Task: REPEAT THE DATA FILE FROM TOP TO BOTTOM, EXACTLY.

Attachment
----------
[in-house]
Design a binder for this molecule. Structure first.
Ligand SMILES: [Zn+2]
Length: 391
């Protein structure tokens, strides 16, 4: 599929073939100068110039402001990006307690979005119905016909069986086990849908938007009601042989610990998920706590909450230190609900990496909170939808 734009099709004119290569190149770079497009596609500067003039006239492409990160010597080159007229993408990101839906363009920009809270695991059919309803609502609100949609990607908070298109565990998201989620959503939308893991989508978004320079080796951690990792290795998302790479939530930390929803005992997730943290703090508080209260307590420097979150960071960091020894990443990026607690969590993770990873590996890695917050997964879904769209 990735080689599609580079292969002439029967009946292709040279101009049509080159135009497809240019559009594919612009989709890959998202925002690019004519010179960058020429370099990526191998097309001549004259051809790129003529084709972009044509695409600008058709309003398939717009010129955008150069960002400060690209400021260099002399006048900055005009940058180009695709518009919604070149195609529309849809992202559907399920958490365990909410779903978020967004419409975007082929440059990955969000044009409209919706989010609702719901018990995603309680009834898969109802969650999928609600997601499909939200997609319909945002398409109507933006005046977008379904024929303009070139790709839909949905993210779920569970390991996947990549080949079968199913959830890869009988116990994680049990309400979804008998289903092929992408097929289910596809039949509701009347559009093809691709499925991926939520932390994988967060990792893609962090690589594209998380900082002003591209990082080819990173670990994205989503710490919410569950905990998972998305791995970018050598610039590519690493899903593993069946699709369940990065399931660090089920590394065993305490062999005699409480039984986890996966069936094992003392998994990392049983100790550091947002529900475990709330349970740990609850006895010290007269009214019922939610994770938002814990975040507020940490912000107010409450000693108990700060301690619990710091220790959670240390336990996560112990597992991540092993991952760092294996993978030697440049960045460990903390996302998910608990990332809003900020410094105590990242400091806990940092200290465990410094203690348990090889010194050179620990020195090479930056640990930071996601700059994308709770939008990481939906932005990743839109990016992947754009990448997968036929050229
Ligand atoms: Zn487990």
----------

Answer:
[in-house]
Design a binder for this molecule. Structure first.
Ligand SMILES: [Zn+2]
Length: 391
């Protein structure tokens, strides 16, 4: 599929073939100068110039402001990006307690979005119905016909069986086990849908938007009601042989610990998920706590909450230190609900990496909170939808 734009099709004119290569190149770079497009596609500067003039006239492409990160010597080159007229993408990101839906363009920009809270695991059919309803609502609100949609990607908070298109565990998201989620959503939308893991989508978004320079080796951690990792290795998302790479939530930390929803005992997730943290703090508080209260307590420097979150960071960091020894990443990026607690969590993770990873590996890695917050997964879904769209 990735080689599609580079292969002439029967009946292709040279101009049509080159135009497809240019559009594919612009989709890959998202925002690019004519010179960058020429370099990526191998097309001549004259051809790129003529084709972009044509695409600008058709309003398939717009010129955008150069960002400060690209400021260099002399006048900055005009940058180009695709518009919604070149195609529309849809992202559907399920958490365990909410779903978020967004419409975007082929440059990955969000044009409209919706989010609702719901018990995603309680009834898969109802969650999928609600997601499909939200997609319909945002398409109507933006005046977008379904024929303009070139790709839909949905993210779920569970390991996947990549080949079968199913959830890869009988116990994680049990309400979804008998289903092929992408097929289910596809039949509701009347559009093809691709499925991926939520932390994988967060990792893609962090690589594209998380900082002003591209990082080819990173670990994205989503710490919410569950905990998972998305791995970018050598610039590519690493899903593993069946699709369940990065399931660090089920590394065993305490062999005699409480039984986890996966069936094992003392998994990392049983100790550091947002529900475990709330349970740990609850006895010290007269009214019922939610994770938002814990975040507020940490912000107010409450000693108990700060301690619990710091220790959670240390336990996560112990597992991540092993991952760092294996993978030697440049960045460990903390996302998910608990990332809003900020410094105590990242400091806990940092200290465990410094203690348990090889010194050179620990020195090479930056640990930071996601700059994308709770939008990481939906932005990743839109990016992947754009990448997968036929050229
Ligand atoms: Zn487990």